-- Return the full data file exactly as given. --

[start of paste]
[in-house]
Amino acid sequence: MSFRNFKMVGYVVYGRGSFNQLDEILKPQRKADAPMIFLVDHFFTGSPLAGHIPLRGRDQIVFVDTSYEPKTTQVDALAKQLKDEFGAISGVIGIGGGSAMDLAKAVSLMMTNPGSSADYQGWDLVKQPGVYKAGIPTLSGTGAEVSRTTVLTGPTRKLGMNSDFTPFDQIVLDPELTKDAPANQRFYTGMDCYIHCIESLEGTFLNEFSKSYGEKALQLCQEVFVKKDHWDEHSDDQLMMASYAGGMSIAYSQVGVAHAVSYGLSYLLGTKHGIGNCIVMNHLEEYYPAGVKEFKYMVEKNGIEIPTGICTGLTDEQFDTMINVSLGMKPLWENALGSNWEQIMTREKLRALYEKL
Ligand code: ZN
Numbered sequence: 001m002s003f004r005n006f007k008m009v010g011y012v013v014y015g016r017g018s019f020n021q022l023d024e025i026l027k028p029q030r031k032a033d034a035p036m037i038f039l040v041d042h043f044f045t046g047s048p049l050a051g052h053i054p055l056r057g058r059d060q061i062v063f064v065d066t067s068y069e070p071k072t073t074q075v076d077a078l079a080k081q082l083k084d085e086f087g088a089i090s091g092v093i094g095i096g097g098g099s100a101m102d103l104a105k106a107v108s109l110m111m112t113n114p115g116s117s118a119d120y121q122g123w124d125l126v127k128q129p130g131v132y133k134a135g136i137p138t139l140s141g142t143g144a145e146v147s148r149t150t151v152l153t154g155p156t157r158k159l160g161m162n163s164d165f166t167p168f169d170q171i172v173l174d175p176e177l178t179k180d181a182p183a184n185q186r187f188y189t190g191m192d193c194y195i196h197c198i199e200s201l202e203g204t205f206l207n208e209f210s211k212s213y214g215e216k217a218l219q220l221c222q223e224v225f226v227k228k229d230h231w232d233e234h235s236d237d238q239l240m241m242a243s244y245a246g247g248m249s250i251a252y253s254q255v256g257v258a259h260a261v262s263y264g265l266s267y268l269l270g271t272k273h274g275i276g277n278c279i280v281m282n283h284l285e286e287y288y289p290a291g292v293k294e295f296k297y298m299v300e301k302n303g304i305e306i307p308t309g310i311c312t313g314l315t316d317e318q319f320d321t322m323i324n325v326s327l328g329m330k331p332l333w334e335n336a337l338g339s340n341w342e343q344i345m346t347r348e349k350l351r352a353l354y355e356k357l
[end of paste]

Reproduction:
[in-house]
Amino acid sequence: MSFRNFKMVGYVVYGRGSFNQLDEILKPQRKADAPMIFLVDHFFTGSPLAGHIPLRGRDQIVFVDTSYEPKTTQVDALAKQLKDEFGAISGVIGIGGGSAMDLAKAVSLMMTNPGSSADYQGWDLVKQPGVYKAGIPTLSGTGAEVSRTTVLTGPTRKLGMNSDFTPFDQIVLDPELTKDAPANQRFYTGMDCYIHCIESLEGTFLNEFSKSYGEKALQLCQEVFVKKDHWDEHSDDQLMMASYAGGMSIAYSQVGVAHAVSYGLSYLLGTKHGIGNCIVMNHLEEYYPAGVKEFKYMVEKNGIEIPTGICTGLTDEQFDTMINVSLGMKPLWENALGSNWEQIMTREKLRALYEKL
Ligand code: ZN
Numbered sequence: 001m002s003f004r005n006f007k008m009v010g011y012v013v014y015g016r017g018s019f020n021q022l023d024e025i026l027k028p029q030r031k032a033d034a035p036m037i038f039l040v041d042h043f044f045t046g047s048p049l050a051g052h053i054p055l056r057g058r059d060q061i062v063f064v065d066t067s068y069e070p071k072t073t074q075v076d077a078l079a080k081q082l083k084d085e086f087g088a089i090s091g092v093i094g095i096g097g098g099s100a101m102d103l104a105k106a107v108s109l110m111m112t113n114p115g116s117s118a119d120y121q122g123w124d125l126v127k128q129p130g131v132y133k134a135g136i137p138t139l140s141g142t143g144a145e146v147s148r149t150t151v152l153t154g155p156t157r158k159l160g161m162n163s164d165f166t167p168f169d170q171i172v173l174d175p176e177l178t179k180d181a182p183a184n185q186r187f188y189t190g191m192d193c194y195i196h197c198i199e200s201l202e203g204t205f206l207n208e209f210s211k212s213y214g215e216k217a218l219q220l221c222q223e224v225f226v227k228k229d230h231w232d233e234h235s236d237d238q239l240m241m242a243s244y245a246g247g248m249s250i251a252y253s254q255v256g257v258a259h260a261v262s263y264g265l266s267y268l269l270g271t272k273h274g275i276g277n278c279i280v281m282n283h284l285e286e287y288y289p290a291g292v293k294e295f296k297y298m299v300e301k302n303g304i305e306i307p308t309g310i311c312t313g314l315t316d317e318q319f320d321t322m323i324n325v326s327l328g329m330k331p332l333w334e335n336a337l338g339s340n341w342e343q344i345m346t347r348e349k350l351r352a353l354y355e356k357l